Kabul—Today, after Kabul and most of the other major cities in Afghanistan turned into ghost towns over security concerns, Afghans are going to the polls to choose their next president.
Despite the insecurity, it is hard to miss out on the opportunity to participate in this opportunity for change through the ballot box. The people of Afghanistan seem to be aware of the significance of this election.
Presidential elections in Afghanistan take place every five years, which means the winner will remain at his post until 2019. Hamid Karzai, the first transitional president, was elected twice. His re-election in 2009 turned into a dispute over widespread electoral fraud and voter intimidation. In those elections, Dr. Abdullah Abdullah, Karzai’s main rival, claimed victory for himself. The subsequent inquiry, launched by Afghanistan’s Independent Election Commission and international observer missions, revealed systemic fraud in Karzai’s favor. At first, Karzai accepted the calls for a second-round run-off vote, although that was eventually cancelled after Dr. Abdullah withdrew.
In this poor and troubled country, holding a national election is a very difficult and costly endeavor. Dr. Abdullah withdrew from the run-off because of his concerns about security and the cost of another vote, as well as because he felt a second run-off could not be free and fair, either.
I remember well five years ago, right after the elections, asking Dr Abdullah if he was going to call for a national protest and ask his supporters to rally against the outcome of the elections. He told me he would never agree to jeopardize national security for his own gain: “Our country is not stabilized, and that sort of activity in the streets can go out of control. Terrorists could also penetrate the crowds and take advantage of the opportunity to generate chaos.”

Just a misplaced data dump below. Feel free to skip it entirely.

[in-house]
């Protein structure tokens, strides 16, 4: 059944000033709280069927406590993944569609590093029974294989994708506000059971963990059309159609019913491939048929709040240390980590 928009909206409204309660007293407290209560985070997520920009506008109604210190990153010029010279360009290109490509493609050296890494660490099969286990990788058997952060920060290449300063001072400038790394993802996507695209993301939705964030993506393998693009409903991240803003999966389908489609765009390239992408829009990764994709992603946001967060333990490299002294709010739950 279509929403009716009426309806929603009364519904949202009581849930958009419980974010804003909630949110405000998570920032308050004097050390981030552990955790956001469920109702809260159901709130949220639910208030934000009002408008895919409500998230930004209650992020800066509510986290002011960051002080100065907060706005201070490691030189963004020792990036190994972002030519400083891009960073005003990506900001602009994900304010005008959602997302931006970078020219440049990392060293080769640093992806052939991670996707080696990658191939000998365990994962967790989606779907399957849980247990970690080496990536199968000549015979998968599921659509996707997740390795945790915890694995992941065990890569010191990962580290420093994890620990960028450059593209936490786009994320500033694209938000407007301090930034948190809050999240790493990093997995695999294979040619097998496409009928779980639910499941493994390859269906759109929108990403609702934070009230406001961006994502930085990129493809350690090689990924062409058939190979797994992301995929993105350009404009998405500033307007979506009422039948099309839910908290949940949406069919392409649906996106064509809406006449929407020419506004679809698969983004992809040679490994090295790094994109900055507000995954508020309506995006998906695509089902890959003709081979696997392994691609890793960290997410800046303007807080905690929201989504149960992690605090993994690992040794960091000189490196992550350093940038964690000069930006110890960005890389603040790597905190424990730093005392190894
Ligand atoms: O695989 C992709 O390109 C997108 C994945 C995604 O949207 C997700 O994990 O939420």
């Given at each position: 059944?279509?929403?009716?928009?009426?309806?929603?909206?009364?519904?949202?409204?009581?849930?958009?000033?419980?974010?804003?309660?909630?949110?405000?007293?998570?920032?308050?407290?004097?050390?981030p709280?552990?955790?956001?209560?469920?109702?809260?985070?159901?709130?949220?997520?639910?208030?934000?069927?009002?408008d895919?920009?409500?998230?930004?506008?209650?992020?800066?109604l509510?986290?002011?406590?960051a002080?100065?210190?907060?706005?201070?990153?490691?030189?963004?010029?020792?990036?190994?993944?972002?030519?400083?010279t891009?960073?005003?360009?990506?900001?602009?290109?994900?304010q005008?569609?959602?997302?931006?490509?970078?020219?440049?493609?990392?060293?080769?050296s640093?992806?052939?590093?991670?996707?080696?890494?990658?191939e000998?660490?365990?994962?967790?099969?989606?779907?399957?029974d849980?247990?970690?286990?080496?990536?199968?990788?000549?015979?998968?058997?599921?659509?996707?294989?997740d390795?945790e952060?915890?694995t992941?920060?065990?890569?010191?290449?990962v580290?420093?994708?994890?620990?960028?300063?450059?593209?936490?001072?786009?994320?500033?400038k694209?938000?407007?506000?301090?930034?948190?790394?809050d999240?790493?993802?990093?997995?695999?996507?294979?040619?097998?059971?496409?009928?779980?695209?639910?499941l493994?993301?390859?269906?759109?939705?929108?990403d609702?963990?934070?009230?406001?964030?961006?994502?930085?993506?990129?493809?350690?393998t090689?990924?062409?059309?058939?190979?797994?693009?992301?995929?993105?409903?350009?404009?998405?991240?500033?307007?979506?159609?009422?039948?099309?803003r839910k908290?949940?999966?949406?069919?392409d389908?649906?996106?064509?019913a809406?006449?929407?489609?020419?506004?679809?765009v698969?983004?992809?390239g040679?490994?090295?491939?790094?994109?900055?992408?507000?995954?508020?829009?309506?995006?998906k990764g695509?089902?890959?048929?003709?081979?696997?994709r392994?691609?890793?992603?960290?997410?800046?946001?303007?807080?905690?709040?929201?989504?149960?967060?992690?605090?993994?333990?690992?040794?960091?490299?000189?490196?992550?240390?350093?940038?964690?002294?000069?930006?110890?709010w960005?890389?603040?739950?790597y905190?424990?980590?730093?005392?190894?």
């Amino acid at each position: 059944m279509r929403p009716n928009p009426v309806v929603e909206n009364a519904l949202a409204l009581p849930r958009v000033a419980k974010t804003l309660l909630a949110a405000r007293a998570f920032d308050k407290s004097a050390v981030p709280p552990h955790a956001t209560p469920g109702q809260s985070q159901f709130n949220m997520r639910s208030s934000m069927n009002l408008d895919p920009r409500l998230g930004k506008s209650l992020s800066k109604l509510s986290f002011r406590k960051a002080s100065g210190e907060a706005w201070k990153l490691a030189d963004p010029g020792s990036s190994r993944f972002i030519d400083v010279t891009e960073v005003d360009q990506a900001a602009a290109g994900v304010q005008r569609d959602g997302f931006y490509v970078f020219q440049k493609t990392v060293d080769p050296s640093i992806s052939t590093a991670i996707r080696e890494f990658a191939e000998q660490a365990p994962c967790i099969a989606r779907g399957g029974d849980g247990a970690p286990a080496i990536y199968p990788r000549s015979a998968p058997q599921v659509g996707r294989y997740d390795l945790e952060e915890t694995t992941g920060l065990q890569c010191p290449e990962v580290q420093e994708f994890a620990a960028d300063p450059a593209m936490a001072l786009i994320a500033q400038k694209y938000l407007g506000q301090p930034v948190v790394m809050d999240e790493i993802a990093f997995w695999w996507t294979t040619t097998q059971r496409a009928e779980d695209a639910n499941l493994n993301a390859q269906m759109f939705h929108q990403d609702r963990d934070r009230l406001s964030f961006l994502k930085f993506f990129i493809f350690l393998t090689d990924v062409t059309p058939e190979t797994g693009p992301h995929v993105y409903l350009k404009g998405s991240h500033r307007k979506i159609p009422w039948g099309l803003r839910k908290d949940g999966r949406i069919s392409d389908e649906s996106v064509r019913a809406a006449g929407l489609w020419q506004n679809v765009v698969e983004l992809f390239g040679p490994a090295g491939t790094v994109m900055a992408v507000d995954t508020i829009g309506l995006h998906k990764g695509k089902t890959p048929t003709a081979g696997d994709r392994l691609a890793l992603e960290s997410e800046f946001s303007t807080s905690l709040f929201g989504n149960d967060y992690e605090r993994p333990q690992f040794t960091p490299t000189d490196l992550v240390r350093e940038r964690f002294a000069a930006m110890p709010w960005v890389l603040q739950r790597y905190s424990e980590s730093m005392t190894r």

But Dr. Abdullah, who is running again this time, says he wouldn’t keep quiet if major fraud is reported again. In a country where corruption and fraud are part of the daily routine, the chances of having a fair and transparent election are not great.
People here talk about Zalmai Rasoul, the candidate supported by Karzai, as very likely to replace the current president. Due to security concerns, at least 748 voting centers are closed today. While many of these centers are obviously too unsafe, a few presidential candidates have launched accusations against Karzai that he has intentionally ordered the closing of those centers, because they are in remote areas where he has few supporters and his opponents many.
While there is apprehension about the transparency and fairness of today’s elections, the major concern remains the Taliban’s promise to disrupt the process. The whole country is in high alert after a series of recent explosions and attempts to launch suicide attacks against civilians, both foreigners and local Afghan election commission workers. On Thursday, just two days before the vote, most of the guesthouses and restaurants in Kabul where foreigners normally hang out were closed, and there are restrictions on travelling within the city. And, of course, we mustn’t forget the AP journalists who were attacked yesterday while they were covering these elections. One of them has died, and another remains in hospital with serious injuries.
In spite of all the obstacles, it seems that the Afghans are ready to rise to the challenge and cast their votes. Tired of a 12-year insurgency and the instability that characterized Karzai’s presidency, many Afghans fear if they lose this opportunity, the world will abandon them.